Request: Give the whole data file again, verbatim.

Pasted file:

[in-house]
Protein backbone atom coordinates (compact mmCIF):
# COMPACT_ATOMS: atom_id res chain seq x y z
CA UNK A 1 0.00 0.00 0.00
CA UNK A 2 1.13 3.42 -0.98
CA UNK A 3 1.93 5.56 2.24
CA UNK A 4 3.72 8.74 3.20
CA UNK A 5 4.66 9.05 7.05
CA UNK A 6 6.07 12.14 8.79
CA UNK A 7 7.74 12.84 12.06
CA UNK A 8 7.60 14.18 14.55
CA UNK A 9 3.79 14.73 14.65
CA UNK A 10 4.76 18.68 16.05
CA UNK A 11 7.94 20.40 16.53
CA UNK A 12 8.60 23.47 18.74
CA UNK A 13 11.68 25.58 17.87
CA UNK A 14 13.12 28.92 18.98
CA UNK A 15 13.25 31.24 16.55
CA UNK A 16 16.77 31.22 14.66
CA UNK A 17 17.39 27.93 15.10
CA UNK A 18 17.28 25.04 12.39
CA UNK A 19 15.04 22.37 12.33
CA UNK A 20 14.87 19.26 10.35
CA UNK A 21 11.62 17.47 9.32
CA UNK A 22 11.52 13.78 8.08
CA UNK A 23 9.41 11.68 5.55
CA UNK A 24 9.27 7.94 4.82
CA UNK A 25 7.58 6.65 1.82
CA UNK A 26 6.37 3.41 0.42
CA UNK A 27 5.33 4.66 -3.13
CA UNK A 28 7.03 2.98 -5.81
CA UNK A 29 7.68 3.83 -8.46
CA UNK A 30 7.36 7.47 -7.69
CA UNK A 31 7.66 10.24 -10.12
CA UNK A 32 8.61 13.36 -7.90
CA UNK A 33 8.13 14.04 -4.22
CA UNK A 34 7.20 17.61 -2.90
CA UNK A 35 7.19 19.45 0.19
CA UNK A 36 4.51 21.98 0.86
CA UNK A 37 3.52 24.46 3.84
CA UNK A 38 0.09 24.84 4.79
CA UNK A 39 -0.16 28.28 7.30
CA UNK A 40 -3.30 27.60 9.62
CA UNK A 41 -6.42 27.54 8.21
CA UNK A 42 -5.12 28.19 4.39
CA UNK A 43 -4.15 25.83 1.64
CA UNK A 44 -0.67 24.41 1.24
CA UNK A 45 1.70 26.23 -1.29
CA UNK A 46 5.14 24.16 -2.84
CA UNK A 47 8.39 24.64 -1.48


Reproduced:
[in-house]
Protein backbone atom coordinates (compact mmCIF):
# COMPACT_ATOMS: atom_id res chain seq x y z
CA UNK A 1 0.00 0.00 0.00
CA UNK A 2 1.13 3.42 -0.98
CA UNK A 3 1.93 5.56 2.24
CA UNK A 4 3.72 8.74 3.20
CA UNK A 5 4.66 9.05 7.05
CA UNK A 6 6.07 12.14 8.79
CA UNK A 7 7.74 12.84 12.06
CA UNK A 8 7.60 14.18 14.55
CA UNK A 9 3.79 14.73 14.65
CA UNK A 10 4.76 18.68 16.05
CA UNK A 11 7.94 20.40 16.53
CA UNK A 12 8.60 23.47 18.74
CA UNK A 13 11.68 25.58 17.87
CA UNK A 14 13.12 28.92 18.98
CA UNK A 15 13.25 31.24 16.55
CA UNK A 16 16.77 31.22 14.66
CA UNK A 17 17.39 27.93 15.10
CA UNK A 18 17.28 25.04 12.39
CA UNK A 19 15.04 22.37 12.33
CA UNK A 20 14.87 19.26 10.35
CA UNK A 21 11.62 17.47 9.32
CA UNK A 22 11.52 13.78 8.08
CA UNK A 23 9.41 11.68 5.55
CA UNK A 24 9.27 7.94 4.82
CA UNK A 25 7.58 6.65 1.82
CA UNK A 26 6.37 3.41 0.42
CA UNK A 27 5.33 4.66 -3.13
CA UNK A 28 7.03 2.98 -5.81
CA UNK A 29 7.68 3.83 -8.46
CA UNK A 30 7.36 7.47 -7.69
CA UNK A 31 7.66 10.24 -10.12
CA UNK A 32 8.61 13.36 -7.90
CA UNK A 33 8.13 14.04 -4.22
CA UNK A 34 7.20 17.61 -2.90
CA UNK A 35 7.19 19.45 0.19
CA UNK A 36 4.51 21.98 0.86
CA UNK A 37 3.52 24.46 3.84
CA UNK A 38 0.09 24.84 4.79
CA UNK A 39 -0.16 28.28 7.30
CA UNK A 40 -3.30 27.60 9.62
CA UNK A 41 -6.42 27.54 8.21
CA UNK A 42 -5.12 28.19 4.39
CA UNK A 43 -4.15 25.83 1.64
CA UNK A 44 -0.67 24.41 1.24
CA UNK A 45 1.70 26.23 -1.29
CA UNK A 46 5.14 24.16 -2.84
CA UNK A 47 8.39 24.64 -1.48